Greetings from CROI
Clinical pharmacology of HIV prevention- Marta Boffito (Chelsea and Westminster NHS Trust / Imperial College, London)
Marta Boffito presented a fascinating look at the pharmacology data of current drugs used in PrEP, the potential use of alternative drugs such as integrase inhibitors and CCR5 inhibitors and also data on the long acting nano technology of the future injectable drugs such as long acting Rilpiverine and Cabotegravir.
So what makes an ideal drug for PrEP?
- It needs to have good tissue distribution to achieve tissue drug levels
- It needs drug persistence (a long half-life)
- Protein binding affects penetration
- Affinity for transporter membranes
The data from large PrEP studies such as iPREX shows that Tenofovir/FTC achieved these targets when good adherence levels were achieved, however there was marked differences in drug levels in rectal samples compared to vaginal samples even with lower rates of adherence to the drugs in male group. This opens up some interesting questions on the optimal adherence needed for women to achieve adequate protective vaginal drug levels.
Maraviroc was looked at in men and women looking at serum samples, vaginal tissue and rectal tissue. After only 2 hrs post standard dose of Maraviroc, protective drug levels were achieved in rectal and vaginal tissue samples. Rectal and vaginal drug levels were higher than serum levels( with x 30 times higher in rectal tissue than plasma).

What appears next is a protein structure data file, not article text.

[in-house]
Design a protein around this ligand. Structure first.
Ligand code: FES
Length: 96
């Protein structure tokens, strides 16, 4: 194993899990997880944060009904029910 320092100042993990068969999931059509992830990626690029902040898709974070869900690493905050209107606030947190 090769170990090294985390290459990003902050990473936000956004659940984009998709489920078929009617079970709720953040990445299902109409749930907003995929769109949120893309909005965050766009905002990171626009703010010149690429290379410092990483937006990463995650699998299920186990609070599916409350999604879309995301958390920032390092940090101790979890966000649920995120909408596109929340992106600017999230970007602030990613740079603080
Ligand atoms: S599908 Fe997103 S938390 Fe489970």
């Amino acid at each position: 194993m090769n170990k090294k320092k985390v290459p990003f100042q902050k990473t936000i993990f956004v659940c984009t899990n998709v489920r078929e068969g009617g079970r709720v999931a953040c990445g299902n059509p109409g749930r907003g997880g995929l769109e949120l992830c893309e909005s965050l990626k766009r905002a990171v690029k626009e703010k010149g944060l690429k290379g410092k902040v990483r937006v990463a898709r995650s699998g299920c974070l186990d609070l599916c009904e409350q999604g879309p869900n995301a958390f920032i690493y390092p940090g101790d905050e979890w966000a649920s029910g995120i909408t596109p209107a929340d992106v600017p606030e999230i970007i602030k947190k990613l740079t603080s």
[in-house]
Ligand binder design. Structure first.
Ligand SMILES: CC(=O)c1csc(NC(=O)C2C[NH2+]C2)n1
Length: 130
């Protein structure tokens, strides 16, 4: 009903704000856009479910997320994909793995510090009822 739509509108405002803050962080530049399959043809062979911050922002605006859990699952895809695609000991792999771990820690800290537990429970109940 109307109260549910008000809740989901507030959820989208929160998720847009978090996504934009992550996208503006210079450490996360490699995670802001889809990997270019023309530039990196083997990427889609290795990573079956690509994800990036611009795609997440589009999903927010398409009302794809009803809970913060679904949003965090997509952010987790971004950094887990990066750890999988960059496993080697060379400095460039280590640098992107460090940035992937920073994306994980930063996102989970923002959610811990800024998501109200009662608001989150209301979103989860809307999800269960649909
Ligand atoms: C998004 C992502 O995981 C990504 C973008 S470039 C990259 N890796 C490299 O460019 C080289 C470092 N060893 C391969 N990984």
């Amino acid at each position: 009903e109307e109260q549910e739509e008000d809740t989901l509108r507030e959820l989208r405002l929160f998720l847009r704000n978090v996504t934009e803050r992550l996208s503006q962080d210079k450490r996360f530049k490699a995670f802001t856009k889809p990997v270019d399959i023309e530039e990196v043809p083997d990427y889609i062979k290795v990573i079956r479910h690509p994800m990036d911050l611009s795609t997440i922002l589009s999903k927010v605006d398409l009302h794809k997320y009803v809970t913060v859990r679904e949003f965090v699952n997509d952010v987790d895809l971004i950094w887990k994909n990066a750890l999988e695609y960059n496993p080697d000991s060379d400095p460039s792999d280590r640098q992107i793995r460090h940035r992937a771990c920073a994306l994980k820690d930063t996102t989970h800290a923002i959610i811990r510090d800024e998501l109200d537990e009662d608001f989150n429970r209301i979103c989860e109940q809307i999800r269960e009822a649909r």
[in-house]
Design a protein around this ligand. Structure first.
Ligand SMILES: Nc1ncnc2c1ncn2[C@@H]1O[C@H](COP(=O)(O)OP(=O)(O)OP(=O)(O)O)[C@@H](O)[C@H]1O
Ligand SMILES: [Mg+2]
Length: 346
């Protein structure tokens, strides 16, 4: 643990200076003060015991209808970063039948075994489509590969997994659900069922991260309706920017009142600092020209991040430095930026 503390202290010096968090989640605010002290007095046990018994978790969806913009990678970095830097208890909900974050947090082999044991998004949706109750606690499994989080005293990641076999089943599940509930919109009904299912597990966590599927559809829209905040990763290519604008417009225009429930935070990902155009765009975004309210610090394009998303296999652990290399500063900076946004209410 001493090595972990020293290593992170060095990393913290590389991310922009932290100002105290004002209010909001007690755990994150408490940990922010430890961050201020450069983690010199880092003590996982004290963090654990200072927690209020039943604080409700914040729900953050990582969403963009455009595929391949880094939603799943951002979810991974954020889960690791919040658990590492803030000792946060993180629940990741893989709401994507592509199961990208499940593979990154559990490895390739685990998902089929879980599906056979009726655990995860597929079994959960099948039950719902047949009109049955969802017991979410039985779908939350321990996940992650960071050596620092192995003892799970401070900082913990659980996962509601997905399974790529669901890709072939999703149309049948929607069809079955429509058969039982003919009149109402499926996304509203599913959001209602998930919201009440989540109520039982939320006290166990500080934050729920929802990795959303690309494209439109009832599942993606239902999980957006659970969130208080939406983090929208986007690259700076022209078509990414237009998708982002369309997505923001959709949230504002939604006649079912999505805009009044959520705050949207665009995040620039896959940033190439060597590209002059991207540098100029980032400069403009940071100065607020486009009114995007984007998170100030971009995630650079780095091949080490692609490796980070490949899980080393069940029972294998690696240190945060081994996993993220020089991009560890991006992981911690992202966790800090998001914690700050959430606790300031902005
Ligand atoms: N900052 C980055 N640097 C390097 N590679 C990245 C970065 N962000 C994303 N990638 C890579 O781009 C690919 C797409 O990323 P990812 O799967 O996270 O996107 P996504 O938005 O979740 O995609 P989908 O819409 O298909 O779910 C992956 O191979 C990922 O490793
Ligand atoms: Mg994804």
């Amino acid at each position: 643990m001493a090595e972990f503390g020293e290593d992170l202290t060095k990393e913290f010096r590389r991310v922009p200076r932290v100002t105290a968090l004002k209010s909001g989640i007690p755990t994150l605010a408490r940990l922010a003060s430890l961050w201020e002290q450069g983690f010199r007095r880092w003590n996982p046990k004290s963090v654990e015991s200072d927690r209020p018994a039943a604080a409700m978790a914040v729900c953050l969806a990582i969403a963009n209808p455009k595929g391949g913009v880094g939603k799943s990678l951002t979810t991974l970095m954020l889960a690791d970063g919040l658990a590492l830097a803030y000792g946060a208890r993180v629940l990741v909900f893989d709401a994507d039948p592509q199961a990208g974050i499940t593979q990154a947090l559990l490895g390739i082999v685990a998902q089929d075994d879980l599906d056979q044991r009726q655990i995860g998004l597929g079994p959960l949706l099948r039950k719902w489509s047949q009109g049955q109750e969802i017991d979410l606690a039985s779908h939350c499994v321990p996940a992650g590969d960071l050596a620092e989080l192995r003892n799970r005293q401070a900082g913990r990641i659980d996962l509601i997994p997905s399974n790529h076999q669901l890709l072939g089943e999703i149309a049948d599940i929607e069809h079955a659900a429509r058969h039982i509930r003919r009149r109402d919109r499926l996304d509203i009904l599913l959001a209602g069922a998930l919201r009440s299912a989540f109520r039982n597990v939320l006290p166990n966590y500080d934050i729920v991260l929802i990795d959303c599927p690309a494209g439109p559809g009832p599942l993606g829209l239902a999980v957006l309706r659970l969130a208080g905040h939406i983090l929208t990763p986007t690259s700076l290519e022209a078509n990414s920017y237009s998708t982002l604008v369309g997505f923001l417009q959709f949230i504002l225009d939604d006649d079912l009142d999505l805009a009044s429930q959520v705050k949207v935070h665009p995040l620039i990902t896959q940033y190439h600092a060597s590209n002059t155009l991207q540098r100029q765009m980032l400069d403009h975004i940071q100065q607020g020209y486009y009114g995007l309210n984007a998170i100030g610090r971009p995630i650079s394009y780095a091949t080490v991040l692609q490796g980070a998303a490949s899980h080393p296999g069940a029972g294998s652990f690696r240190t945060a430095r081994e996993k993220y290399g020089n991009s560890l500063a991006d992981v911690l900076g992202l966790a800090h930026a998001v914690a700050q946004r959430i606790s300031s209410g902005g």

Raltegravir - blood, vaginal and rectal samples. In vaginal fluid the half-life of standard dose of Raltegravir (400mg twice daily) was 17hrs compared to 7 hrs in blood sample. Both vaginal fluid and rectal samples had higher drug levels than found in blood samples. Drug levels in rectal samples was higher than levels found in vaginal samples.
Dolutegravir at standard dose, the drug levels in both vaginal and rectal samples were 10% and 17% higher than blood samples.
Long acting injectable drugs
The SSAT040 study looked at drug levels in both vaginal and rectal tissue and fluid samples after a dose Rilpivirine (1200mg) from male and female participants. This study found that drug levels in the rectal samples were significantly higher than found plasma levels.
Protective drug levels were found in both rectal and vaginal tissue at 1 month post treatment. It was also noted that lower drug levels were found in participants with a higher BMI.
In this study there was one case of drug failure and HIV transmission in a female participant at the lower Rilpivirine dose of 300mg. (the HIV transmission is thought to have occurred 4 days post dose).
After an initial dose of 1200mg Rilpivirine, drug levels in rectal tissue was found to be at protective at four months.
Finally the long acting GSK 744 Cabotegravir at an 800mg dose found good serum drug levels at 4/12 months.
In an animal study, Macaques who received Cabotegravir as treatment sustained a viral suppression for up to 20 weeks post dose.
- Drug resistance to PrEP is rare.
- The debate of which drug is best is still out there.
- More work is required in this field to standardise intracellular drug concentrations.
- Ongoing debate on regular vs episodic PrE.
Take home message for current and future clinical practice.
Good clinical data on alternative and emerging drugs to be considered for PrEP. This interesting data also has valuable implications that may be applied for clinical use in non-occupational PEP use for CCR5 inhibitor and integrase inhibitors, where HIV transmission risk is significantly increased in the presence of multiple concurrent STIs.